“Winning is a habit. Unfortunately, so is losing.” – Vince Lombardi
There are many benefits to competition. We create new friends, learn new techniques and put our skills to the test. But with any competition there is a risk of losing. For this reason, many students avoid competition. A good instructor will encourage students to compete and explain why they shouldn’t be afraid to lose. In fact, there can be more benefits to losing than winning.
1. Facing Fear
The noise in the gymnasium is unbearable. All eyes are on you. Unfamiliar black belts are ordering you around while your opponent stares you down. Your heart is about to burst and you want to vomit. As quickly as the match starts, it ends. You lose. Congratulations! You’ve just won a major victory by stepping onto the mat only to accomplish something amazing that most people are too terrified to attempt. Rejoice because you have accumulated valuable experience points needed to achieve success in life.
I’ve seen sparring gear thrown, chairs kicked, name calling and even a brawl. You’d think that this behaviour would come from novice coloured belts, but surprisingly this disgusting behaviour comes from instructors, coaches, black belts and even parents. I teach my student’s that if you lost, it’s because your opponent was better than you today. Sore losers blame others for their loss, become bully’s and substitute intimidation for talent. Own your loss, learn from it, train harder and come back stronger. If you blame everyone else for your loss, you’re no better than the brawler or angry parent.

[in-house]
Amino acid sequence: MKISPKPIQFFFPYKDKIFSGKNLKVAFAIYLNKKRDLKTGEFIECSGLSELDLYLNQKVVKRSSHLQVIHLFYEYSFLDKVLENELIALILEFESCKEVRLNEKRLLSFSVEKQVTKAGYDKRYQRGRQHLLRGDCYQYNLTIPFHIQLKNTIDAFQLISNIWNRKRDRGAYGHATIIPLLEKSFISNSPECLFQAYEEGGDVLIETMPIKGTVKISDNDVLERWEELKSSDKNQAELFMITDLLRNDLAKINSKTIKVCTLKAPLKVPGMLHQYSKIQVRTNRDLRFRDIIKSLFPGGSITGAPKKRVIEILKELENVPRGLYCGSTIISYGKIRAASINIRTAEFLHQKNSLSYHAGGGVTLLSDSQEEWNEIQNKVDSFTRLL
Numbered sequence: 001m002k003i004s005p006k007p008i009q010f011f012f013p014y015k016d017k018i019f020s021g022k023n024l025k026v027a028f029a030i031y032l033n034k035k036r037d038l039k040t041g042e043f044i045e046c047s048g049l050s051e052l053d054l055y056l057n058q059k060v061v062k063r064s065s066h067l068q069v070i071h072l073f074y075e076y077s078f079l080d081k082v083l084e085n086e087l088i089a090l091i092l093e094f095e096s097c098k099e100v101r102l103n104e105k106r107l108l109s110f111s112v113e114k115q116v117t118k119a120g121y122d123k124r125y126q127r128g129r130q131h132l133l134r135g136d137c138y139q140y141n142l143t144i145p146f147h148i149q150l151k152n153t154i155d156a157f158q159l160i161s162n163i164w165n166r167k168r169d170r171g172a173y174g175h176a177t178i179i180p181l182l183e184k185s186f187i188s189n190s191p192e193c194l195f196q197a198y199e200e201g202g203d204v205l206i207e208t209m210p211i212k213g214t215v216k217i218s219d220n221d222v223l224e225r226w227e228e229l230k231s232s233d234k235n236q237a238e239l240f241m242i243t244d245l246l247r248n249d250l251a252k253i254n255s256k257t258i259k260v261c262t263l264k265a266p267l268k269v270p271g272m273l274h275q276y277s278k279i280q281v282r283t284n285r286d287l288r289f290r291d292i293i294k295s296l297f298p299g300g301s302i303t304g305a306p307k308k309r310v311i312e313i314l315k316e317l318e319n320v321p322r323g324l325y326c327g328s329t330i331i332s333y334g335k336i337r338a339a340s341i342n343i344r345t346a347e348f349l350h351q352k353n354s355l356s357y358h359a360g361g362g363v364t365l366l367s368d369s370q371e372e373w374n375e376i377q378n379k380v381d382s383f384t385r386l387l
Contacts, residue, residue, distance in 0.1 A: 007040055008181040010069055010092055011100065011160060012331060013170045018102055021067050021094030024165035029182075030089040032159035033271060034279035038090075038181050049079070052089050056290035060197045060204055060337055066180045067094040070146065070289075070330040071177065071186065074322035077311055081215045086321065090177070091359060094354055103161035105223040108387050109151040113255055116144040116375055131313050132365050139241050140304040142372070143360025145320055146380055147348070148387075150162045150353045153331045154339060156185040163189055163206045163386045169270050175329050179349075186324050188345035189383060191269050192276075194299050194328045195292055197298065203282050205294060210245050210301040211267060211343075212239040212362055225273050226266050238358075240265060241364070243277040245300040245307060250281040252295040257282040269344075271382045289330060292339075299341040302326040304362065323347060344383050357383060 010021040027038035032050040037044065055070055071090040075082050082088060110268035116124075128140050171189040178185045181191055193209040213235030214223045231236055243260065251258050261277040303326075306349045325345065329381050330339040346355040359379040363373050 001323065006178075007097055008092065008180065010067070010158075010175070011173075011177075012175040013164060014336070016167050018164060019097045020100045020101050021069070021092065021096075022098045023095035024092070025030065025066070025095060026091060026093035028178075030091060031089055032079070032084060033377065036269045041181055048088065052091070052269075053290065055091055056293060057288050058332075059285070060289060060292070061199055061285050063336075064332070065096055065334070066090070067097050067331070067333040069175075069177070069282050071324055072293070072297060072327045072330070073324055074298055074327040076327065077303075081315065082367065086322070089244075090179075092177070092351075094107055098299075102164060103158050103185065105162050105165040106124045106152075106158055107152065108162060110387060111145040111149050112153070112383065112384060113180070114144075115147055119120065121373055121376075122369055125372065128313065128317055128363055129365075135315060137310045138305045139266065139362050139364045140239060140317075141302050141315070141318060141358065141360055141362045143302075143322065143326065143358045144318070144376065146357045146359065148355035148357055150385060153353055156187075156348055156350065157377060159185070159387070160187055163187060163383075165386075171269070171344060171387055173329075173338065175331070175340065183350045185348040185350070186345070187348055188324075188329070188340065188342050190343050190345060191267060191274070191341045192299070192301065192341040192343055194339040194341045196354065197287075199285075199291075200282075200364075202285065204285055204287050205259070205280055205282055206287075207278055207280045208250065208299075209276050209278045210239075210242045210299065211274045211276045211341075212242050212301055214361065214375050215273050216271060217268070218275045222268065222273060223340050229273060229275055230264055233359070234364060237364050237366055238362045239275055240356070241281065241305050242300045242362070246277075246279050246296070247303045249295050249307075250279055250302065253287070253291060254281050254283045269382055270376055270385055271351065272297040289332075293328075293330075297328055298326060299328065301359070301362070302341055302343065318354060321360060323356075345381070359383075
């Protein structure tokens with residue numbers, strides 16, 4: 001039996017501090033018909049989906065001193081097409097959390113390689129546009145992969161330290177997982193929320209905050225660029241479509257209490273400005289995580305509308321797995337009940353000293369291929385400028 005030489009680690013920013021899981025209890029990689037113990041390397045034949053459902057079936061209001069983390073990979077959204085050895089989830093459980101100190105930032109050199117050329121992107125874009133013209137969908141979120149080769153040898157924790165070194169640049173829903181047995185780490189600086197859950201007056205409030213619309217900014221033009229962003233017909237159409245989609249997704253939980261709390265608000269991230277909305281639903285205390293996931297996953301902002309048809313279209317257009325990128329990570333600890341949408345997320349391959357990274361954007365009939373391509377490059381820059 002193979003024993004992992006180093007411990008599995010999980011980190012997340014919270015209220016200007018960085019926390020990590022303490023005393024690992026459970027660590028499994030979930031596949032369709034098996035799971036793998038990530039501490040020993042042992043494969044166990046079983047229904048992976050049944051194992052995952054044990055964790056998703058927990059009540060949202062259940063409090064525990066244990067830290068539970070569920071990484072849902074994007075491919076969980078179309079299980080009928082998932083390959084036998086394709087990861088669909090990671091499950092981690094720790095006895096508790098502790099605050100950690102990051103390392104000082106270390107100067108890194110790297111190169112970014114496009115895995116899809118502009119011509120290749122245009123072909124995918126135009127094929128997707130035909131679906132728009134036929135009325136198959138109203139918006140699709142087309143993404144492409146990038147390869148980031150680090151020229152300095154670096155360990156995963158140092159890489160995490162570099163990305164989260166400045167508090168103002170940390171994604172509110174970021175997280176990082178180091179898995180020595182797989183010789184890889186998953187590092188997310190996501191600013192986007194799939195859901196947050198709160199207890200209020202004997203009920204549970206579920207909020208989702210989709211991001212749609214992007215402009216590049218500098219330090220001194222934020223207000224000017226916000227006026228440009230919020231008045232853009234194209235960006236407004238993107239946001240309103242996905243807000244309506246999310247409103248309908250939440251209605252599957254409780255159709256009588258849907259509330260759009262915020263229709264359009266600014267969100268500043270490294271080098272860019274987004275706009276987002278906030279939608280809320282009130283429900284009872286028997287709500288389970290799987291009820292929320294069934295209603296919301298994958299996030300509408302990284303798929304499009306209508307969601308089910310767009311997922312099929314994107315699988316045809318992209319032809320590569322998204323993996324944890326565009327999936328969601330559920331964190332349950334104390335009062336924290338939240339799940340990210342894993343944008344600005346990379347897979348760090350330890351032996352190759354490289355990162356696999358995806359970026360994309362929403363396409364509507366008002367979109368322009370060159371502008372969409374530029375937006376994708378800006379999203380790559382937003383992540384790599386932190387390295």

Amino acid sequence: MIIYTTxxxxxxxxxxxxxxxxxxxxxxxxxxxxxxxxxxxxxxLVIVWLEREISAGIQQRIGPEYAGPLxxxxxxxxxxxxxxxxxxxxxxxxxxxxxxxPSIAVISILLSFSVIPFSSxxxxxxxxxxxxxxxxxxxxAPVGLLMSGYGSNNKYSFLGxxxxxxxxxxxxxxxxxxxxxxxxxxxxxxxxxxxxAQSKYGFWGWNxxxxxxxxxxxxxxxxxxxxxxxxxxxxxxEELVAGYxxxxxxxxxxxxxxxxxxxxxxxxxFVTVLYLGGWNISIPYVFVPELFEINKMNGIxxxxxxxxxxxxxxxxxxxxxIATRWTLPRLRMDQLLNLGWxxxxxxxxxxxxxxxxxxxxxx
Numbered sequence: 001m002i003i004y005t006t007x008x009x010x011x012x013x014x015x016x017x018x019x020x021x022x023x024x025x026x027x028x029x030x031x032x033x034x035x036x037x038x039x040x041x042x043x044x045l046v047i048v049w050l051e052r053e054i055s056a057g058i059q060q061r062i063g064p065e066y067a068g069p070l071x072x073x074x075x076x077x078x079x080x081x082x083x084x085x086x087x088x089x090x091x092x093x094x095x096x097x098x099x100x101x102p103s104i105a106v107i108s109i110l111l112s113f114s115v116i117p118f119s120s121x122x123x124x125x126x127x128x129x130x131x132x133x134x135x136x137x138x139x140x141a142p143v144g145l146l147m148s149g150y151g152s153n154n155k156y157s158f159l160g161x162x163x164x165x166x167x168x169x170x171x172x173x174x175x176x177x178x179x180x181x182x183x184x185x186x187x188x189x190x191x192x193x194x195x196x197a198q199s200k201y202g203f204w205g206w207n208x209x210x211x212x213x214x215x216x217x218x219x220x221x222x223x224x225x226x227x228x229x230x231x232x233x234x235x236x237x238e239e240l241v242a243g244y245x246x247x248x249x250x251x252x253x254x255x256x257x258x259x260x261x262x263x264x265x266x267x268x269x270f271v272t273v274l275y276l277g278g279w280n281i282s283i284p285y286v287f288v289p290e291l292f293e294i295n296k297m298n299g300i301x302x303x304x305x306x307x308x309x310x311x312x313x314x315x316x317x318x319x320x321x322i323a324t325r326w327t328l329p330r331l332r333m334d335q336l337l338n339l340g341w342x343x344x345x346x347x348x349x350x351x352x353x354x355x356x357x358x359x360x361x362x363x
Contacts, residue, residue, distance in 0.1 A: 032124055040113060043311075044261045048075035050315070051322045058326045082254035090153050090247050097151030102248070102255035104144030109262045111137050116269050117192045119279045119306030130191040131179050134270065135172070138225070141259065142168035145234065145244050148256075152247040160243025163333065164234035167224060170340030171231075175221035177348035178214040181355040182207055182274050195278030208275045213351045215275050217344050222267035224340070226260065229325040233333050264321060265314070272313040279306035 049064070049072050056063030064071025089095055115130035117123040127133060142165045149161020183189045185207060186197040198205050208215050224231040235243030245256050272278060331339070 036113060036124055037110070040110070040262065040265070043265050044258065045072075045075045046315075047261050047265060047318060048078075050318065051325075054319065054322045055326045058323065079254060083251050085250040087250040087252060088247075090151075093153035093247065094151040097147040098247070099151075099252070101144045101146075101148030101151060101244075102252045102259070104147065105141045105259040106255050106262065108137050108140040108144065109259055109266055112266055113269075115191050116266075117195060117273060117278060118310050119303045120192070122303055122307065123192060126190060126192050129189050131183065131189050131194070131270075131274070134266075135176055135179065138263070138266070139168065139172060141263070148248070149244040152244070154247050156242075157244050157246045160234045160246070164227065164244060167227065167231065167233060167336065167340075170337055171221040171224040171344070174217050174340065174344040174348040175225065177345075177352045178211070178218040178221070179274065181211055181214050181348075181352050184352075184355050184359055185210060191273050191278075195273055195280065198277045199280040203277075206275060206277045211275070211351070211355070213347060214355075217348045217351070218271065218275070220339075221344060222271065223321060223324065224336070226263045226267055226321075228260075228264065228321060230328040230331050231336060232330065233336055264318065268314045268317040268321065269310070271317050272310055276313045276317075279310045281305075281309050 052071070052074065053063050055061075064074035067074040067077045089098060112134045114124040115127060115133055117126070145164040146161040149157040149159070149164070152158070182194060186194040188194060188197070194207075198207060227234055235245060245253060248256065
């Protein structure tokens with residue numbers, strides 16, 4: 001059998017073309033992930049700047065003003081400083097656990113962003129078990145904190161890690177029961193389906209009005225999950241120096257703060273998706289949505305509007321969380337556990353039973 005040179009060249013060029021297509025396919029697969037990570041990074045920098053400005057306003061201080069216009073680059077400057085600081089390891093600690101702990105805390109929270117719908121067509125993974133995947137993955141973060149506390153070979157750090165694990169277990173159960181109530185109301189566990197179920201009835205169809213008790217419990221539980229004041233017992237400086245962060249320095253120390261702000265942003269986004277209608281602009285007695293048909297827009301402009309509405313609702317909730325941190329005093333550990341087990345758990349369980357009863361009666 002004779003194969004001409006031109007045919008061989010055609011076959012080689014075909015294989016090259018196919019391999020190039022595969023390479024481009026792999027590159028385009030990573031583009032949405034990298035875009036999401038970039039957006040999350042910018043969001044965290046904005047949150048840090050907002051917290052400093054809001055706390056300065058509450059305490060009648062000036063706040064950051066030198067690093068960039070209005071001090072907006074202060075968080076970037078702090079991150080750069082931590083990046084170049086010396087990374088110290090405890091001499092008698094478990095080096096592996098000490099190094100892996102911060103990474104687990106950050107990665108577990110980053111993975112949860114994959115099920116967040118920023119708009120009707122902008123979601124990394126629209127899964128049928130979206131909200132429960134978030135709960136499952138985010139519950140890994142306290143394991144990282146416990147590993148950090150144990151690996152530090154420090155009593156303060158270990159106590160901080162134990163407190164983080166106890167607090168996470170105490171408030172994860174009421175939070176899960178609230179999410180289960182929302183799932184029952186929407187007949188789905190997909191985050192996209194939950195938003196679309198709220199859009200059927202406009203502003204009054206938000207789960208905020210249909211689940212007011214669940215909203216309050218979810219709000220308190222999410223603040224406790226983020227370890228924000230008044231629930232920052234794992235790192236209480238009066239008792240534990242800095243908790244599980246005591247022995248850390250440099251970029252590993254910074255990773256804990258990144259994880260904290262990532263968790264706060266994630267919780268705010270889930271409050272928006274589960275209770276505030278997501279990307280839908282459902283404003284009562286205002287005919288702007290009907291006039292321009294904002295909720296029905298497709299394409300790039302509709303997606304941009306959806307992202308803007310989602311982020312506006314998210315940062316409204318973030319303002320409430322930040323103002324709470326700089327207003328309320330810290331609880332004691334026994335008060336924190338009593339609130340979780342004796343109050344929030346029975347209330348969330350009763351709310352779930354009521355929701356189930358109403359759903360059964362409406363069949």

3. Try, Don't Compete
If you remove the pressures of competition, all that remains is perseverance. In other words, don’t fight for a medal, your coach or even a parent. Fight for you. Exhaling the pressure to impress tightens your ability to focus on your fight. Some of my best fights have been for 3rd place. The pressure of gold was off my shoulders and all that remained was the desire to fight my fight. To try hard because I had trained hard. To give the hits and take them. Win or lose, all that mattered was knowing that I had fought my best.
4. Losing to Learn
Losing opens the door to learning but only if you take responsibility for your loss. Review the footage of your match, pinpoint your faults, re-evaluate your strategies and devise a plan of action. A good instructor will empathize, help focus the emotional loss into a new training strategy and continue to push you with hard training. Losing exposes your weaknesses. Accepting them helps you understand them. When you understand them, they can be dissected and ultimately improved.
5. Lose your Ego
Unless you’re getting paid millions of dollars for a pay-per-view fight where it’s all part of the show, taunting and intimidation has no place in a Taekwon-do ring. Beating your chest, laughing at your opponent, sticking your chin out and taunting are all signs of insecurity. You are obviously so scared of losing that you resort to intimidation tactics. This is not only disgusting behaviour that is being imitated by impressionable coloured belts, but it’s a blatant disrespect to your opponent, the sport and your instructor. If this is you, it’s not entertaining, it’s embarrassing, so stop! The only thing good to come out of this sort of behaviour is watching you lose. Losing tames your ego, keeps you humble, promotes hard work and keeps you evolving.
Think about it. Besides the deflating feeling defeat, there is nothing wrong with losing. Accept defeat graciously, be accountable, analyze your shortcomings, seek help, train hard and make improvements. Maintain a good attitude, be humble, hold hands with fear and separate the pressures of competition from personal growth. Remember, like winning, losing is a habit that has many hidden rewards.